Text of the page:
THE leader of Hampshire County Council has written to the Prime Minister and Secretary of State for Local Government to invite them to see the problems caused by flooding in Hampshire.

Commenting at a meeting of the full County Council on February 20, Councillor Roy Perry said he was pleased that Hampshire County Council had been congratulated in Parliament by Ministers for the effective and cooperative way that problems were being tackled.

He also said that he wanted Prime Minister, David Cameron, and Secretary of State for Communities and Local Government, Eric Pickles, to come to Hampshire to see firsthand how the county is coping.

County Councillors paid tribute to the people of Hampshire who turned up to help their neighbours in around 100 communities affected by the repeated high winds, local flooding and unprecedented rainfall.

Cllr Perry said: “When the weather calms down, we will find an appropriate way to express our thanks to all who have helped. They have been saviours and saints.”

The leader of Hampshire County Council led tributes to staff for their work, day and night, to keep Hampshire moving and help people protect their properties.

He added: "Not only have our Highways, Environment and Emergency Planning staff been involved as front line responders, but all departments, from Children's Services springing into action to arrange temporary accommodation for St Bede School in Winchester, to Adult Services being on hand with help when people in Basingstoke were flooded out.

"I pay tribute to our ACSOs who have been deployed in Hambledon, but also to the staff of our contractors Amey who have given great support and responded to our requests for additional resources, and also the officers and staff of the district councils, the emergency services, Environment Agency, utility companies, and the military.”

According to Cllr Perry, 70,000 sandbags have been distributed around the county so far, adding: “Members will no doubt be familiar with the problems related to the River Itchen at Winchester and River Test in Romsey, and other problem areas such as Buckskin in Basingstoke, and the winterbournes in Test Valley and Basingstoke. Highways have been the main source of sandbags through their highway contractor Amey, and sandbag production has been helped enormously by the military. Our depot at Micheldever, in co-operation with the military, became the strategic supply source for the emergency response."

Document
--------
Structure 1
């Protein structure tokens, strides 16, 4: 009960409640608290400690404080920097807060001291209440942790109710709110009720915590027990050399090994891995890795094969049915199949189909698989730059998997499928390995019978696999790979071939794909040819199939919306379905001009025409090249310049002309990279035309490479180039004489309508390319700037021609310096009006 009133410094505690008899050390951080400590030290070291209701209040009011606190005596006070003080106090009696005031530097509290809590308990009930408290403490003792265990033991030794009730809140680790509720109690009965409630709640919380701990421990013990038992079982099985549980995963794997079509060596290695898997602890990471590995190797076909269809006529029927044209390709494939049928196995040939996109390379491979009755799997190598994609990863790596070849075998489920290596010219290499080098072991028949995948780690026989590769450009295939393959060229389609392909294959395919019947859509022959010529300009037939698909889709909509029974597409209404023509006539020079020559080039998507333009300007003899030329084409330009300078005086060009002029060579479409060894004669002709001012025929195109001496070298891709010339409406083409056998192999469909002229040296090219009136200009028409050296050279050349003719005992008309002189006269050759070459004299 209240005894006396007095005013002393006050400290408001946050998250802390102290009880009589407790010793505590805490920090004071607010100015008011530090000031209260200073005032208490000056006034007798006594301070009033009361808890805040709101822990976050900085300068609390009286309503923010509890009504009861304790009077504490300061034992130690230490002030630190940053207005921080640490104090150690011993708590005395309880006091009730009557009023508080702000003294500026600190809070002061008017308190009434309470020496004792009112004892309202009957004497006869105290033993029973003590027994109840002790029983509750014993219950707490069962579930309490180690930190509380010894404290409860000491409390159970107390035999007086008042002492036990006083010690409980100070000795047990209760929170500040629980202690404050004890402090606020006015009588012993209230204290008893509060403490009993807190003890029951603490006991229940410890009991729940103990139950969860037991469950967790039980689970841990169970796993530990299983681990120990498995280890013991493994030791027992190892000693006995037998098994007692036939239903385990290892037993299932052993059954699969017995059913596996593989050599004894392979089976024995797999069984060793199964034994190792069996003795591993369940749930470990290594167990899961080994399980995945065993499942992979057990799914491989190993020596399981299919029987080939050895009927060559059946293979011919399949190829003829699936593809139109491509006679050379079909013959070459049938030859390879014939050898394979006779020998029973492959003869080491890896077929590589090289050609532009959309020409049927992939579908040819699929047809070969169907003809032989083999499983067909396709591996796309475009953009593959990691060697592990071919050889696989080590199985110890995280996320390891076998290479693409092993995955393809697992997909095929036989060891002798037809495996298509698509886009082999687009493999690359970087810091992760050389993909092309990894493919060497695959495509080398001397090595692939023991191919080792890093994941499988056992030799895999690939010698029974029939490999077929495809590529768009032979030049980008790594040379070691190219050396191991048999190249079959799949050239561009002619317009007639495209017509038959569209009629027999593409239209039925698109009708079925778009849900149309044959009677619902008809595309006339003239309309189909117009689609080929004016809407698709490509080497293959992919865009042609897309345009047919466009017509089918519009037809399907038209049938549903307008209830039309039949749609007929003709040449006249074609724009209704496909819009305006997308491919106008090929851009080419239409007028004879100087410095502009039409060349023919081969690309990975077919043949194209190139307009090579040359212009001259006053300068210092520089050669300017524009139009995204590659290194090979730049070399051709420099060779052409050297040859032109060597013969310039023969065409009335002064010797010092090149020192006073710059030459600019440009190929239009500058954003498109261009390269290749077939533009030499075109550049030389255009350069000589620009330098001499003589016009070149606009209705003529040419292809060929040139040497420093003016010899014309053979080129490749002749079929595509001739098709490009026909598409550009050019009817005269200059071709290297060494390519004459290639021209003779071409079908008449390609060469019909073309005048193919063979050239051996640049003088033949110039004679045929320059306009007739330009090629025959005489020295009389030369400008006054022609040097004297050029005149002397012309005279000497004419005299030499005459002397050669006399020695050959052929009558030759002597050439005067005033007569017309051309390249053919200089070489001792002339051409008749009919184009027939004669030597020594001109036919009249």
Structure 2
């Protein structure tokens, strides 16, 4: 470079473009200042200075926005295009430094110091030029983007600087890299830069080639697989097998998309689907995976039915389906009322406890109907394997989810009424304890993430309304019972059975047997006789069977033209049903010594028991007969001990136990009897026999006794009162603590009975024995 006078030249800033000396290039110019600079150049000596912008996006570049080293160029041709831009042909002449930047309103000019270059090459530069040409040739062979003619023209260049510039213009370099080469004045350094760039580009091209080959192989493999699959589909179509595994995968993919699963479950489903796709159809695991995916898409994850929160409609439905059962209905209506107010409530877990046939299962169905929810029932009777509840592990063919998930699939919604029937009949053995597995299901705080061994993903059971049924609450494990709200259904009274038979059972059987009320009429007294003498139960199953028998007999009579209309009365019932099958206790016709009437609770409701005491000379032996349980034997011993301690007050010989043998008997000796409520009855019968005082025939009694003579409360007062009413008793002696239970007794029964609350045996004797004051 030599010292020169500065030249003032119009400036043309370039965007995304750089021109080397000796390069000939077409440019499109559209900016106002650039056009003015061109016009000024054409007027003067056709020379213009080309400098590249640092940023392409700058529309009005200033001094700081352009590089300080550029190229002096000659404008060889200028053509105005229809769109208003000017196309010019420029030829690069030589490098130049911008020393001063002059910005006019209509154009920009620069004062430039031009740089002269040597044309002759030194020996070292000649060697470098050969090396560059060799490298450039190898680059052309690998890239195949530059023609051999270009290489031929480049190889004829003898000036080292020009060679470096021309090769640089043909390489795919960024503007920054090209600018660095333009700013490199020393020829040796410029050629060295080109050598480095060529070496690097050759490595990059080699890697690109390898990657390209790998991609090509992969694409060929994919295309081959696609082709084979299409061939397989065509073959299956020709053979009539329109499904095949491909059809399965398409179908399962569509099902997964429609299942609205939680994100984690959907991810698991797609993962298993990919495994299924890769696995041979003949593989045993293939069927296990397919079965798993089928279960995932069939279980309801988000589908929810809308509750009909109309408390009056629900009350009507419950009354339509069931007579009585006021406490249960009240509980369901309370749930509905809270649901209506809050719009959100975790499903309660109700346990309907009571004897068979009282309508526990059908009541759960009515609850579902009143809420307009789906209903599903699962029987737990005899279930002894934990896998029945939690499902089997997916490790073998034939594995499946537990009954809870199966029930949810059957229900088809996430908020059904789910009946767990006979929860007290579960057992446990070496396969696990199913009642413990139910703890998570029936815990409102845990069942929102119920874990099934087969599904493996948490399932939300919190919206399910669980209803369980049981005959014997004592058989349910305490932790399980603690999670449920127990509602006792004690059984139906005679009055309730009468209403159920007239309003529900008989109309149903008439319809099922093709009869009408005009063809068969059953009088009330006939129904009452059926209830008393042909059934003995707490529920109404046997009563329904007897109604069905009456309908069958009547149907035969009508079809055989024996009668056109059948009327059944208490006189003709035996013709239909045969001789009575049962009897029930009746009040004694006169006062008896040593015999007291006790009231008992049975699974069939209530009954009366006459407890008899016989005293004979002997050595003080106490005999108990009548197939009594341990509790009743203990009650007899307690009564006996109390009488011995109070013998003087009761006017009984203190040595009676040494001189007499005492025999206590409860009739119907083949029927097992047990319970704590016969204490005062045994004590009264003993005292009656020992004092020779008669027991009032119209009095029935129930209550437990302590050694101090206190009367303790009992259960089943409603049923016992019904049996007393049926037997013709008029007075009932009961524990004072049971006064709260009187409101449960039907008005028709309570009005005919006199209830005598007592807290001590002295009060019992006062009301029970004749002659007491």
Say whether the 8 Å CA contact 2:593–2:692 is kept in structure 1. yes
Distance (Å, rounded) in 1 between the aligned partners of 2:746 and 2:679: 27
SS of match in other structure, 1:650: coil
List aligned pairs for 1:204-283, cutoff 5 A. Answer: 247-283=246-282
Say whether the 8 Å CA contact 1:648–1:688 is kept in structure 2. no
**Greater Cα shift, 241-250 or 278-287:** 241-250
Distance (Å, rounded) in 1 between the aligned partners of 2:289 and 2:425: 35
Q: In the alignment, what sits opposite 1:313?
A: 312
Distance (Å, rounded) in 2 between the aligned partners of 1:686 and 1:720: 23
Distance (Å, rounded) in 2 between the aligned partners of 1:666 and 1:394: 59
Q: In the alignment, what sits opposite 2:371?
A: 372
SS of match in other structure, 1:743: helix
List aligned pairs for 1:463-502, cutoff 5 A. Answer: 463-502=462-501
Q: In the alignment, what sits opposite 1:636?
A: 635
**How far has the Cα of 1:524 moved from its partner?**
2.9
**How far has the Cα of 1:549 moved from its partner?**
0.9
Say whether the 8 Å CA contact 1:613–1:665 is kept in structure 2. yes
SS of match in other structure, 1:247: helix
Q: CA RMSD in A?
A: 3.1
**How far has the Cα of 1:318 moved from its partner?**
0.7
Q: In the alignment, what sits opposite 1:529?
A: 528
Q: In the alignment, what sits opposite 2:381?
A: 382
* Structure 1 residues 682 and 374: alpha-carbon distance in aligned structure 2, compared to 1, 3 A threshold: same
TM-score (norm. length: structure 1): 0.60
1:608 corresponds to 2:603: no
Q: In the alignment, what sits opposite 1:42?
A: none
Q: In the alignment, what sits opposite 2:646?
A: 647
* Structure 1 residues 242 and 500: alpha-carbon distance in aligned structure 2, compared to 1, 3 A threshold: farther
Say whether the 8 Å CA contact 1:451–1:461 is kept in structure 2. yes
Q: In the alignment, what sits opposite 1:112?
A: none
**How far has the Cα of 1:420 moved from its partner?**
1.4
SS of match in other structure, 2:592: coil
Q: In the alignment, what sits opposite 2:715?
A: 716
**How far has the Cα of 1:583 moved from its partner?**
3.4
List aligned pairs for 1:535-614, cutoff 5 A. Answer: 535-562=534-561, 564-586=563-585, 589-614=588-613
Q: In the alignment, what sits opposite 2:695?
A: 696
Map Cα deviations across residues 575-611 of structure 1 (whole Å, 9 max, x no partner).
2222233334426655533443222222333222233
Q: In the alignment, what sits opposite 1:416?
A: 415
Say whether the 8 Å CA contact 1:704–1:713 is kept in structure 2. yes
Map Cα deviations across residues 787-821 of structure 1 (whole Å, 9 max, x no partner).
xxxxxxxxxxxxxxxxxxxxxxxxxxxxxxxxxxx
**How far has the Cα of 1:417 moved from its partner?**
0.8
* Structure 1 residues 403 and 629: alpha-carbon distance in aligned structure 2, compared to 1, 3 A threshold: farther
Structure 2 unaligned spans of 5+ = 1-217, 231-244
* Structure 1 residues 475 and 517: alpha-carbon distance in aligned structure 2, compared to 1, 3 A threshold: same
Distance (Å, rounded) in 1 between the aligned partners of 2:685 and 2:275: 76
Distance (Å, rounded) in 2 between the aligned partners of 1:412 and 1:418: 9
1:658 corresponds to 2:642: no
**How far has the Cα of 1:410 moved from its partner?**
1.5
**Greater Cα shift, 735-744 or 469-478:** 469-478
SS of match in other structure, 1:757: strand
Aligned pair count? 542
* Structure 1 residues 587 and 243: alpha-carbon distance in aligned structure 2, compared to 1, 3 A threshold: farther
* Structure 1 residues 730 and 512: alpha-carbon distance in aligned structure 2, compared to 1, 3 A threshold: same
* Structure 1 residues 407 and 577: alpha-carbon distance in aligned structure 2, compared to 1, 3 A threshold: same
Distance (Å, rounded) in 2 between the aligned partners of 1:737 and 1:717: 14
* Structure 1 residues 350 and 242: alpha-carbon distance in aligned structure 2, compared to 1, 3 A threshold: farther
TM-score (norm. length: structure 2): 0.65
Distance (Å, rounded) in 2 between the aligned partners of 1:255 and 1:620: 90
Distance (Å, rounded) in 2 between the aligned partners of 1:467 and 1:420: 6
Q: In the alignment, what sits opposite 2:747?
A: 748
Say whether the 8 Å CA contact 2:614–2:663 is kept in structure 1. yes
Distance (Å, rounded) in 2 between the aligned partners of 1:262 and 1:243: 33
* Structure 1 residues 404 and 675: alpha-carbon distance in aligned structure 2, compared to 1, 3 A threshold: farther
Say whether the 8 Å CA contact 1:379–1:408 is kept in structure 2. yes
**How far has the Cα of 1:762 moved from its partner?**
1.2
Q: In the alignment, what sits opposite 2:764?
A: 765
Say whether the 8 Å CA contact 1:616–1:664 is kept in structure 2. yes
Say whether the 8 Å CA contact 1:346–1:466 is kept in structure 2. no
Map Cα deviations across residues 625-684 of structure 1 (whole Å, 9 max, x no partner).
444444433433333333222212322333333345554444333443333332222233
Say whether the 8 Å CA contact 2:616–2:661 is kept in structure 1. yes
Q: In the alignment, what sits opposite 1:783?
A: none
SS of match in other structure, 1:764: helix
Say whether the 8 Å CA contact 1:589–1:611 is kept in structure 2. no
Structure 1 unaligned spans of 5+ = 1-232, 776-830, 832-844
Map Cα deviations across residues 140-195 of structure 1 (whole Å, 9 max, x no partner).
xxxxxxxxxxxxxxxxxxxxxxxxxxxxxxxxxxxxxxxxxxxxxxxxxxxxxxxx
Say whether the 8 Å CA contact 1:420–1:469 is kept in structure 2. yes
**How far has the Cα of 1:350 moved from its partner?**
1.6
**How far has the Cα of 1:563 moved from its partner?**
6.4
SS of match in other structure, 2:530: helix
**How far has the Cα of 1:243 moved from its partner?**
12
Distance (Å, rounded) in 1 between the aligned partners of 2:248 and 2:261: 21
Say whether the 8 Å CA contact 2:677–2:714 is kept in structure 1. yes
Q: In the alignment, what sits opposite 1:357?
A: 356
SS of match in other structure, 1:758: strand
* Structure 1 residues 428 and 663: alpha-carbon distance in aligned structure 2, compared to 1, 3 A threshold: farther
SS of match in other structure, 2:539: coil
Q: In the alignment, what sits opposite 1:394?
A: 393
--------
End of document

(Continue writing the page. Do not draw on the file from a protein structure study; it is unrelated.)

He also said there are lessons to be learned, and as the Lead Local Flood Authority, the Council had already instituted an independent investigation into the New Year flooding in Romsey.

Cllr Perry added: “Highways have been working with Emergency Planning colleagues, participating and contributing fully to the multi-agency response to flooding issues across the whole of Hampshire, and they will take a leading role when the multi-agency work enters the recovery phase.

"Rainfall has caused groundwater levels and rivers to rise rapidly over recent weeks and a number of areas have been subject to flooding or repeated flood, which will continue to be monitored by the County Council so that we are able to respond rapidly to ensure highways, particularly main roads and other roads to critical infrastructure, remain open where possible."

In addition, the leader has also called for meetings with the bosses of the utility companies to discuss ideas to make Hampshire more resilient to these sorts of events in the future.